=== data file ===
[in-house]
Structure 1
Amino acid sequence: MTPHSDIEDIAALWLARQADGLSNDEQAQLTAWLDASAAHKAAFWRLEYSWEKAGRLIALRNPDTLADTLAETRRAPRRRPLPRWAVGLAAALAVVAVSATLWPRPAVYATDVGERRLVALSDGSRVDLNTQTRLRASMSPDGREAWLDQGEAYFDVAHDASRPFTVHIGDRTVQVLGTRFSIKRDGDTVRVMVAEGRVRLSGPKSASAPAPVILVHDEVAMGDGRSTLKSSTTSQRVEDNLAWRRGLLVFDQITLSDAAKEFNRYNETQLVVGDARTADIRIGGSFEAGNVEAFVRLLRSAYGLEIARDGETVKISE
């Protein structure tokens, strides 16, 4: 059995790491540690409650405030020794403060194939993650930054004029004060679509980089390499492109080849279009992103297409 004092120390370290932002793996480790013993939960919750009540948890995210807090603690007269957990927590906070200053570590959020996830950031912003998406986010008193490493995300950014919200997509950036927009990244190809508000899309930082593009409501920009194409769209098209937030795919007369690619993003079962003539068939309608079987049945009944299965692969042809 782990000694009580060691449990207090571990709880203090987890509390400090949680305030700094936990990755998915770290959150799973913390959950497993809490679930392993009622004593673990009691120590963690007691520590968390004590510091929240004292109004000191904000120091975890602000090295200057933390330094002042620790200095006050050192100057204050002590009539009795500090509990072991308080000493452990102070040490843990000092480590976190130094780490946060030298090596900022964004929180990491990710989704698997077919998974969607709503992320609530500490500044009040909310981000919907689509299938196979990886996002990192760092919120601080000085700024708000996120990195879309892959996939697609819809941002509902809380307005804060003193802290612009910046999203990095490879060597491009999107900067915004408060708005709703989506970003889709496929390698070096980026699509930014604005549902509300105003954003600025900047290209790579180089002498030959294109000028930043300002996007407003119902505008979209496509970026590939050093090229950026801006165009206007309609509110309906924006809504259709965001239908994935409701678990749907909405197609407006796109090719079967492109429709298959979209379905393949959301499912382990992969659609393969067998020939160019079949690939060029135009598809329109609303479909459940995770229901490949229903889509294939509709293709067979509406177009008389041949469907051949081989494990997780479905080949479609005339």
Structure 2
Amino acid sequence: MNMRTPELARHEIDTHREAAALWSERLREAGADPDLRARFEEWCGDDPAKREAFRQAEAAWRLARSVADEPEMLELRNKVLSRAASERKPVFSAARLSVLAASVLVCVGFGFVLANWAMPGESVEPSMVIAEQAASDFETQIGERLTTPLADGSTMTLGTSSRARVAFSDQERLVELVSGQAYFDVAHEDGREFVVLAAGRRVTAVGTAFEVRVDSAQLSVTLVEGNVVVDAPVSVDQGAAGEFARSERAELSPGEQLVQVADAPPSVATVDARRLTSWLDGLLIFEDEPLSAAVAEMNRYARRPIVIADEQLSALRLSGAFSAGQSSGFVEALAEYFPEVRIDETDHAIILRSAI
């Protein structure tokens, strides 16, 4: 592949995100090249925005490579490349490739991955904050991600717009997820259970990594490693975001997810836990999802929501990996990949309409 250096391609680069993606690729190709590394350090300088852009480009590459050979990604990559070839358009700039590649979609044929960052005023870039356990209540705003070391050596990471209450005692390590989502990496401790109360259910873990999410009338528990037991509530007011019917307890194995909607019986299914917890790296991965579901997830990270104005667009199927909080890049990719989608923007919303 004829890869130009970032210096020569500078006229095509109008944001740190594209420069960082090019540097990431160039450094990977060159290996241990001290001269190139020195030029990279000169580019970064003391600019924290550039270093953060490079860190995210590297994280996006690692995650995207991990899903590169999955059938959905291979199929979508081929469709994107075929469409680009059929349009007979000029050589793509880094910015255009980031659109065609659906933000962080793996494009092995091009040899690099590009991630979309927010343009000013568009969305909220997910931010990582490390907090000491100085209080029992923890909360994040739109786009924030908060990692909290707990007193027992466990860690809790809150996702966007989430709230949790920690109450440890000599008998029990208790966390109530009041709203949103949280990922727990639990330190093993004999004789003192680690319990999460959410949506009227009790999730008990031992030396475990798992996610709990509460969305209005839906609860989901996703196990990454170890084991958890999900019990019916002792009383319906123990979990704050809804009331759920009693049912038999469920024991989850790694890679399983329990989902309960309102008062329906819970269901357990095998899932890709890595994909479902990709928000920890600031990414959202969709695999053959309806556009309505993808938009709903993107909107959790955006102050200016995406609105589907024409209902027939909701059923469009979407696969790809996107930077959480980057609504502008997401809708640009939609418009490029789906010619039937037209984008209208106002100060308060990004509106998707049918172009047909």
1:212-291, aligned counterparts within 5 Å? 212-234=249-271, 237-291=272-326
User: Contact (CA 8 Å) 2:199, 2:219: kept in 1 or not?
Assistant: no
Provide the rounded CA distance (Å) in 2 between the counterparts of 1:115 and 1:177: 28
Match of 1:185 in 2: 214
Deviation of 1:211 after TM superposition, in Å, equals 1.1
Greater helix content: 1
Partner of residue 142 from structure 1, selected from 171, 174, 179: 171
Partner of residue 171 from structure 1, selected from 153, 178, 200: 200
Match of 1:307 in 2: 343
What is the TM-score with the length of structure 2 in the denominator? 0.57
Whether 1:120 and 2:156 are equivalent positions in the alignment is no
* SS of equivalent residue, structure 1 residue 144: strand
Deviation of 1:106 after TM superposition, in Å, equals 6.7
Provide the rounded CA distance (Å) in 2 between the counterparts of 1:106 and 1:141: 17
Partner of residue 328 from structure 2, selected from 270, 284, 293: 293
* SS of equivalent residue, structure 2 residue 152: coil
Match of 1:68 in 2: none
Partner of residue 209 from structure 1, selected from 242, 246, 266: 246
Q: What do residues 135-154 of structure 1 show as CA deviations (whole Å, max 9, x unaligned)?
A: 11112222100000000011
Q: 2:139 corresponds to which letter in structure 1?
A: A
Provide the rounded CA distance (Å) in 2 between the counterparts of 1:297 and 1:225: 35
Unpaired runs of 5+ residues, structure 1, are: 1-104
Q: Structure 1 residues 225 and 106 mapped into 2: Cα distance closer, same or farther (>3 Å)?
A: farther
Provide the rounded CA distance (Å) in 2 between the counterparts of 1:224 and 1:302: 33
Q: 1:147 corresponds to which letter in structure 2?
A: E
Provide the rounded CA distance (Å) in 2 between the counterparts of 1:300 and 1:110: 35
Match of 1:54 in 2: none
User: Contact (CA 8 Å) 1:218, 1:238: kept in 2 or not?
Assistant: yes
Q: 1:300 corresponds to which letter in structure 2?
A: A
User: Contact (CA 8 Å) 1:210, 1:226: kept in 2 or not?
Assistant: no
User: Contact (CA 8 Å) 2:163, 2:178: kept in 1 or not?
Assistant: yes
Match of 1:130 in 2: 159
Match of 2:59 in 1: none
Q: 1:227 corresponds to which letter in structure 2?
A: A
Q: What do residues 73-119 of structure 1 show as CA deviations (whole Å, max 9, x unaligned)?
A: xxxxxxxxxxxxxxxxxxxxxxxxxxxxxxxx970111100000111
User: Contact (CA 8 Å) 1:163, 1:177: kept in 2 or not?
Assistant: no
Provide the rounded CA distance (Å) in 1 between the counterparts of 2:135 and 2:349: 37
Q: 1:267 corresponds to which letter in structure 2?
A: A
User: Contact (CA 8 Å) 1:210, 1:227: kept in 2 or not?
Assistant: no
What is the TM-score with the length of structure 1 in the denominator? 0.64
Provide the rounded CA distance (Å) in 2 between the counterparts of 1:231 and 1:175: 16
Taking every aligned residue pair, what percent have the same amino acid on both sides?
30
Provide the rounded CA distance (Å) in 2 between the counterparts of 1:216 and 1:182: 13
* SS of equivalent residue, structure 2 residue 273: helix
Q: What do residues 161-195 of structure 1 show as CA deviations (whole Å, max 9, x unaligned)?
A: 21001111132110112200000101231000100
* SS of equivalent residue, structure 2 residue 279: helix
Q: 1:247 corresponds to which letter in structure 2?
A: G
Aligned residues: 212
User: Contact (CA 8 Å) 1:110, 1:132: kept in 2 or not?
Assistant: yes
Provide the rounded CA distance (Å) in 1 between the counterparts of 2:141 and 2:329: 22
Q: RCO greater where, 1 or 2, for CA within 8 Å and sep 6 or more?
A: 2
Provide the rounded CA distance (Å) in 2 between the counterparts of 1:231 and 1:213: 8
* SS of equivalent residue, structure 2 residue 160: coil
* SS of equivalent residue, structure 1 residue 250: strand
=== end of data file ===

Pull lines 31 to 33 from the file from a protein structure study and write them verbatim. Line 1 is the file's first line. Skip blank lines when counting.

Provide the rounded CA distance (Å) in 2 between the counterparts of 1:297 and 1:225: 35
Unpaired runs of 5+ residues, structure 1, are: 1-104
Q: Structure 1 residues 225 and 106 mapped into 2: Cα distance closer, same or farther (>3 Å)?